Mem grabbed me by the arm and whirled me around, lifted up my dress, and snapped that whip across my legs, bringing the stinging pain down on the backs of my thighs. The whip whistled as she brought it down, over and over, until I thought for sure I wouldn’t be able to stand that searing pain. I screamed and danced, wondering what would happen when it hurt so much I wouldn’t be able to bear it. I thought Mem would never stop. When she finally did, she gave me a push and said, “NOW let’s see if you talk back to me again!” as she put the whip back up on the china cabinet. I couldn’t stand to look at her mean, hard eyes. And then as if the whipping wasn’t enough, she said, “Do you think I like whipping you? It hurts me as much as it hurts you!” I knew this could not be true — she would not be able to bear it. And besides, it was her choice to take the whip off the china cabinet and use it to inflict that pain on me. I ran upstairs, shivering, and lay on my bed. I cried until the quilt under me was wet. I vowed I would never talk back to Mem because I never wanted to feel that horrible pain again. I felt the welts on the backs of my legs. They stayed hidden under my dress for days, until they gradually turned color, then faded away.

If I had stayed in my original community, married an Amish man, and had children, I am nearly certain I would have become part of the family cycle of abuse.

I had my hand in passing down abuse when I was teaching Amish school. Along with other teacher supplies, I inherited a leather strap hanging by the chalkboard. I wanted to be known as a teacher who could keep her pupils in line, so I used the strap for discipline. I had no gauge of the level of a “healthy spanking” if there is such a thing, and after the first whack, I found myself unleashing on the poor child I was so-called disciplining. Whenever I remember these incidents, I feel such a deep regret that I want to go back in time and change what I did. But we humans don’t get to do that. We can only learn from our mistakes and strive to do better. I realized even at the time that what I was doing was unhealthy. During my second year of teaching, I found other methods of discipline and left the strap hanging idly by the chalkboard.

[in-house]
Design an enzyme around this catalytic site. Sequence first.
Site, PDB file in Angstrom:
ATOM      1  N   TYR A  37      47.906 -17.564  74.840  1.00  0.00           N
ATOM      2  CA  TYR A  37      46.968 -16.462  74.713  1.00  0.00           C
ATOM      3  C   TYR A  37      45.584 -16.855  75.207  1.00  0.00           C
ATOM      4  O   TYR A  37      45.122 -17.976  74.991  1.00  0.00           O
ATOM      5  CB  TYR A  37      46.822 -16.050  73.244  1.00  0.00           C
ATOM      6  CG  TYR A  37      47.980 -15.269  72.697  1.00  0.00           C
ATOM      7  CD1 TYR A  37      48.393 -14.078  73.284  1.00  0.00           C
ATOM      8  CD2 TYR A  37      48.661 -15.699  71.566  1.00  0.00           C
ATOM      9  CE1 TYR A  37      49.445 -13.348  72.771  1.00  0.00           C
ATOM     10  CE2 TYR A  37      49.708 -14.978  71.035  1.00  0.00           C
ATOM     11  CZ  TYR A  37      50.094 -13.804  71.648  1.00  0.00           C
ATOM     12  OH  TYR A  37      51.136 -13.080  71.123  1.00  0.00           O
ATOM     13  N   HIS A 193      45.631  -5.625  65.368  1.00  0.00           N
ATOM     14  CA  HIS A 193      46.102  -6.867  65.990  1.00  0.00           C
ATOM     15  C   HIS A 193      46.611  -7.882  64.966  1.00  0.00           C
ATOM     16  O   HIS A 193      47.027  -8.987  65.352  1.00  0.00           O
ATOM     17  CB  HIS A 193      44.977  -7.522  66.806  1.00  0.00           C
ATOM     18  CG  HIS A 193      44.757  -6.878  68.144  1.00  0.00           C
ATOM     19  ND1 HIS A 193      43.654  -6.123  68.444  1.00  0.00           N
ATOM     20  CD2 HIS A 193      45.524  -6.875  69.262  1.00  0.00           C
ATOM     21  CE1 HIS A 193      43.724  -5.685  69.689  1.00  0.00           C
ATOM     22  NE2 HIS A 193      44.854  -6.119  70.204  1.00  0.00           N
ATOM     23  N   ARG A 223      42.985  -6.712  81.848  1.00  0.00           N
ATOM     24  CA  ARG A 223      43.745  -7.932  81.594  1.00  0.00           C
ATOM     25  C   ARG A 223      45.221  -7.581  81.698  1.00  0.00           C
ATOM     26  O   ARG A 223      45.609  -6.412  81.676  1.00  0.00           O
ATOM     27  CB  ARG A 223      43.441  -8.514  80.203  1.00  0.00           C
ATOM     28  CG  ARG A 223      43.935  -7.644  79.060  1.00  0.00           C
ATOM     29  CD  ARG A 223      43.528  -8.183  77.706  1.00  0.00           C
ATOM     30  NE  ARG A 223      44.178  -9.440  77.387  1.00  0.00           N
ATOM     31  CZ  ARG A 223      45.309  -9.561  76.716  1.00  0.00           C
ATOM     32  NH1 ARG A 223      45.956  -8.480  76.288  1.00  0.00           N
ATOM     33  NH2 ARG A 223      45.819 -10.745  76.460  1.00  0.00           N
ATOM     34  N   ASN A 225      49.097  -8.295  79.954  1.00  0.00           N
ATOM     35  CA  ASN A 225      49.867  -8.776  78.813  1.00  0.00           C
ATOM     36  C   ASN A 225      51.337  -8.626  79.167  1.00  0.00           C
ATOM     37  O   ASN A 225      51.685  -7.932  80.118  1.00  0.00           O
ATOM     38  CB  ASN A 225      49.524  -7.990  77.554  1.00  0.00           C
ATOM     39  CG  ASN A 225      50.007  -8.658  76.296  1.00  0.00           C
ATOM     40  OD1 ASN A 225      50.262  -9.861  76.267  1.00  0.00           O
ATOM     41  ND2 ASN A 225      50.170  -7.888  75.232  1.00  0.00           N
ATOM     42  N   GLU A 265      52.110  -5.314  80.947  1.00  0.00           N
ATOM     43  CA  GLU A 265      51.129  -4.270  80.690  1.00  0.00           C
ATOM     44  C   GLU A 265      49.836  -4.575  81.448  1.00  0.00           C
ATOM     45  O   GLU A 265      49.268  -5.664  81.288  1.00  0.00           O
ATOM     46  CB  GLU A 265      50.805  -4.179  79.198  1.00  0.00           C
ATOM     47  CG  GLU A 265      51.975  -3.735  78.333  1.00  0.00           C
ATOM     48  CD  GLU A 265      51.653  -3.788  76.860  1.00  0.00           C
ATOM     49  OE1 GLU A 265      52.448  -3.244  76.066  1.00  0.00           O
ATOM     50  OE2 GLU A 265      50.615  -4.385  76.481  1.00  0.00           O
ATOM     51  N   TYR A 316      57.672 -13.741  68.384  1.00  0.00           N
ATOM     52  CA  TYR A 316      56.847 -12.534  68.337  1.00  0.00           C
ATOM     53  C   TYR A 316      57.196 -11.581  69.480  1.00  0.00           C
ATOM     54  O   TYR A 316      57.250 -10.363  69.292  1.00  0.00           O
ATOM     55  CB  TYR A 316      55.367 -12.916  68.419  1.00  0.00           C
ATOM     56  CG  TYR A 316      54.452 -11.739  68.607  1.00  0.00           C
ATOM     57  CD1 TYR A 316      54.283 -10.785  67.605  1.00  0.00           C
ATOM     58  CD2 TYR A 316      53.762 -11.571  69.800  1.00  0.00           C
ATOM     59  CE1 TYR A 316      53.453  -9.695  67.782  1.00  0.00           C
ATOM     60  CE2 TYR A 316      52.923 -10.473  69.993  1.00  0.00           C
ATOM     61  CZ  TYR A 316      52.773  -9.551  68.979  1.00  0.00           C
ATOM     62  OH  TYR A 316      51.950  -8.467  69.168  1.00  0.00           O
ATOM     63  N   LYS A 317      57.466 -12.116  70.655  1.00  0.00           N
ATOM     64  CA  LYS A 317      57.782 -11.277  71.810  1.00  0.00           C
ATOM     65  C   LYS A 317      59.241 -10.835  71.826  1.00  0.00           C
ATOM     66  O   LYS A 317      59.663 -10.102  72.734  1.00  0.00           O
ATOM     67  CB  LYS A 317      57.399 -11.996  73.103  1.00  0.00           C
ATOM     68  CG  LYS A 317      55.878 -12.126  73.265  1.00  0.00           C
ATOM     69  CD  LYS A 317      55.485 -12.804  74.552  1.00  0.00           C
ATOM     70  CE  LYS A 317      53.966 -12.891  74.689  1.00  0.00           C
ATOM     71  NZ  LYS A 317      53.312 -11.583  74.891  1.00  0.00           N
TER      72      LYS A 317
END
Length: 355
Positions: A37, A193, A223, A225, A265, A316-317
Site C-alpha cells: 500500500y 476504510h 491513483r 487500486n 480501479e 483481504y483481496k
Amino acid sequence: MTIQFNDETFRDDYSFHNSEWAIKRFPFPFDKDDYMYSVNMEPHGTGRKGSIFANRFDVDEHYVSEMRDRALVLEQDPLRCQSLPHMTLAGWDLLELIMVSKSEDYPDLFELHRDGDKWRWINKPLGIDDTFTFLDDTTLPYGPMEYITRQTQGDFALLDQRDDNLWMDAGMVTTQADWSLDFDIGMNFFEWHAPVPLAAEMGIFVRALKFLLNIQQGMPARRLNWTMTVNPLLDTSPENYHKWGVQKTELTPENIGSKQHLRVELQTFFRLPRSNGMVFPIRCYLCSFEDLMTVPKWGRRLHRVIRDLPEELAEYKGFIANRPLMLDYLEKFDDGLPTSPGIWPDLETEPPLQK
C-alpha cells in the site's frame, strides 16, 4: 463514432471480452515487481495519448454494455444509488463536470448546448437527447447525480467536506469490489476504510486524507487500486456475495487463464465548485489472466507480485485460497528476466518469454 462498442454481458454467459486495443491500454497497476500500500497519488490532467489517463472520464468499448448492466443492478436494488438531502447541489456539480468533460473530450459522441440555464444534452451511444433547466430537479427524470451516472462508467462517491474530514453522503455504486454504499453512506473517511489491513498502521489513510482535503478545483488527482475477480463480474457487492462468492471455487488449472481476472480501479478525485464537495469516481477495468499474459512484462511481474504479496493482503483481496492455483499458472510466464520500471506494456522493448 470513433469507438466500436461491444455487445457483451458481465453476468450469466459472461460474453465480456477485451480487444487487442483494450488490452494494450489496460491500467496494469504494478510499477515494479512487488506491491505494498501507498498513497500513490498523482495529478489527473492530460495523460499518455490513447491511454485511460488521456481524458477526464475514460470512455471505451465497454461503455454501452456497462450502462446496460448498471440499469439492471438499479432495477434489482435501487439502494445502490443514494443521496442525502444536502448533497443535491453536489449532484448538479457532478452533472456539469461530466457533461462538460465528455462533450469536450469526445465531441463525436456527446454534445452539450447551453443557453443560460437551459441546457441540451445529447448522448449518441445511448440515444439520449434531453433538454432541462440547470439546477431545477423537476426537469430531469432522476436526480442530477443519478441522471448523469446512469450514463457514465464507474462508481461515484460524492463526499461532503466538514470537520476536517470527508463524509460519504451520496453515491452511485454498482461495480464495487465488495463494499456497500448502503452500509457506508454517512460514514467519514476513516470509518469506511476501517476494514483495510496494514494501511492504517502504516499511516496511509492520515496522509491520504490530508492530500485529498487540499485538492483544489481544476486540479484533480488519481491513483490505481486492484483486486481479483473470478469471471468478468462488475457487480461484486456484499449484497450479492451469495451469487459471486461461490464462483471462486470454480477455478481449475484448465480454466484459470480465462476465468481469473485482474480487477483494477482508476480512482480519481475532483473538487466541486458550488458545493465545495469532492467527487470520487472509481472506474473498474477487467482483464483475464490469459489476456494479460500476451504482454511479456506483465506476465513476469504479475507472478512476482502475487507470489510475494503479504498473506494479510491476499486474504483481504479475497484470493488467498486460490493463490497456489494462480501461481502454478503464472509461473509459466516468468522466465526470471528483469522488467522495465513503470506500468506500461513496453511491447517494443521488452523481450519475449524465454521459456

I had to correct myself again as a parent. One day I found myself losing my temper when my older son was five years old and I spanked him hard. I turned away in the middle of it and sobbed. My husband came to me and asked, “Are you all right?” I said, “No I’m not. I need help. I do not want to do to my children what was done to me.”

Within a week I was sitting in front of a counselor, who I worked with for nearly four years of intensive therapy. Healing from this kind of trauma is a lifelong process, but the work I did back then helped me to refrain from passing down a chronic dose of abuse to the next generation.

I don’t remember who said that the less we know about our family patterns, the more bound we are to repeating them. I believe this. Without self-reflection and self-correction, I would have been powerless to change the unhealthy family patterns I inherited.

I don’t know what the solutions are for the Amish to deal with these unhealthy patterns being perpetuated from one generation to the next, but I know that ignoring these ills or attempting to hide them is the opposite of a solution. If they want to break the cycle of abuse, the Amish must be willing to seek help from trained mental health professionals for both the perpetrators and the abused.In my view, self-reflection is a healthy aspect of any society. Can the tradition-minded Amish culture accommodate their members becoming self-aware, an essential component of breaking unhealthy patterns? Or will the culture survive only as long as their members are unconscious of their family patterns, the origin of the cultural traditions they adhere to, or even of their own thoughts?